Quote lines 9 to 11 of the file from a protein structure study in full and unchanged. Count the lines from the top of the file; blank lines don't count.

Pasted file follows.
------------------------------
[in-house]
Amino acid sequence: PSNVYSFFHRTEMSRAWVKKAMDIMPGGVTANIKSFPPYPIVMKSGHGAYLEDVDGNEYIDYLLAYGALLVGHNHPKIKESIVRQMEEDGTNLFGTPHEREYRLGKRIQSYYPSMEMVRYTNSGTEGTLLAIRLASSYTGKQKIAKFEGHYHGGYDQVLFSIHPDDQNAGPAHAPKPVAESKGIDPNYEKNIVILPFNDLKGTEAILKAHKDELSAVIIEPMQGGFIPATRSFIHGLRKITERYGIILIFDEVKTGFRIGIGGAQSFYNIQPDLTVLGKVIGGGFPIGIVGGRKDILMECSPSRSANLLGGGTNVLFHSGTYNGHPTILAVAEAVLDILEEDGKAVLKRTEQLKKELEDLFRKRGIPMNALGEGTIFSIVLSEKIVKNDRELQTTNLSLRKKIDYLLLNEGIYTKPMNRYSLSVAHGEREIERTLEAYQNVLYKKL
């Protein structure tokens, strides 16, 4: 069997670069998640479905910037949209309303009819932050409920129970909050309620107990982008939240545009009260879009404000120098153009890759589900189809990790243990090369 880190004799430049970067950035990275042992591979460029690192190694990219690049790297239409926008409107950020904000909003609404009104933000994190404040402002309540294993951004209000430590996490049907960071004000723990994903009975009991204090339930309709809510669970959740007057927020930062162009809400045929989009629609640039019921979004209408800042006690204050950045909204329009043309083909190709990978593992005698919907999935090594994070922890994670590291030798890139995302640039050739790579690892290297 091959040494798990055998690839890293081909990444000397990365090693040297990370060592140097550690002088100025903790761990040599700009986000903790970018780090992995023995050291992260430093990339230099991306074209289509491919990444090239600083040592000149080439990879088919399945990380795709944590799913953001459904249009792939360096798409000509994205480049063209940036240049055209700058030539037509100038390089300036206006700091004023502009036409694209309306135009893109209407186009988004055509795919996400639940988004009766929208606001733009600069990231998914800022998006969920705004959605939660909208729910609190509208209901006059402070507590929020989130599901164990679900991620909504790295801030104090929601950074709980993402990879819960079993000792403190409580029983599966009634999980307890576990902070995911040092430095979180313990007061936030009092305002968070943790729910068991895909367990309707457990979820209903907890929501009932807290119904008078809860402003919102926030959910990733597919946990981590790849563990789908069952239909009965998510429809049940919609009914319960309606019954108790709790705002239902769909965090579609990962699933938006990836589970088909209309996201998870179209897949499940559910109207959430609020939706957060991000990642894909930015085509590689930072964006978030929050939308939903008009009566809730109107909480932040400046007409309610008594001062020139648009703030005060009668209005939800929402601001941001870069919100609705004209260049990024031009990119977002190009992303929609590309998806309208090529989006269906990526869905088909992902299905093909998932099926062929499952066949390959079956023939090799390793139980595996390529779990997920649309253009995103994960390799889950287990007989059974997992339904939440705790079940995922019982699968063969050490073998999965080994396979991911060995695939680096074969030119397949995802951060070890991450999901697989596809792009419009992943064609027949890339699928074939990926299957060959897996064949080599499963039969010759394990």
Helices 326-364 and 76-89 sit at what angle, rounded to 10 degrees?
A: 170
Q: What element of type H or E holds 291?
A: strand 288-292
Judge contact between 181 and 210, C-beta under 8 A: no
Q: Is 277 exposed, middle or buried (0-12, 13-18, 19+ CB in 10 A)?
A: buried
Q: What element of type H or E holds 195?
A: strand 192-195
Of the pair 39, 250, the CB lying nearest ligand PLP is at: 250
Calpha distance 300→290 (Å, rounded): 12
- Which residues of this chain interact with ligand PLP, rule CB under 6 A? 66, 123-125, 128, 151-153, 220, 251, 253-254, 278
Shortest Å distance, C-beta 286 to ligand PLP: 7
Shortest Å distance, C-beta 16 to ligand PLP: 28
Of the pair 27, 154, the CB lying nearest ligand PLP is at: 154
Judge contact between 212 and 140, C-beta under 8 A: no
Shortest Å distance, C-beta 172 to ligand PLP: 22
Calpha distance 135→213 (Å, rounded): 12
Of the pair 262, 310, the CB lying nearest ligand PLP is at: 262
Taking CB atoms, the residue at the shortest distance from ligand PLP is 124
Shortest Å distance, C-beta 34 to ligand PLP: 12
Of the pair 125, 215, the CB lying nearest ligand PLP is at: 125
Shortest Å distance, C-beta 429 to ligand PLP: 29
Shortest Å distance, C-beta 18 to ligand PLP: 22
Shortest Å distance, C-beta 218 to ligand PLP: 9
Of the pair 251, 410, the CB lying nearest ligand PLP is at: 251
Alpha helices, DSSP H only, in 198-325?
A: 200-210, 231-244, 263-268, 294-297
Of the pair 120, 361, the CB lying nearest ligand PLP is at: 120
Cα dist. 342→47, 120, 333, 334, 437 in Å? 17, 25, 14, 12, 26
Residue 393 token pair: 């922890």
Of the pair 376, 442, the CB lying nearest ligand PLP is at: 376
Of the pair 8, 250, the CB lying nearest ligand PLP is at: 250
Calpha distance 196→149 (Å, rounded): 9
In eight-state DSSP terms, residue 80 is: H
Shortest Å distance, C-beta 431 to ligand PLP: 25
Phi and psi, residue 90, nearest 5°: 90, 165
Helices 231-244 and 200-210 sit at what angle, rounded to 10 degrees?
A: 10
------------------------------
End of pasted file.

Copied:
Q: Is 277 exposed, middle or buried (0-12, 13-18, 19+ CB in 10 A)?
A: buried
Q: What element of type H or E holds 195?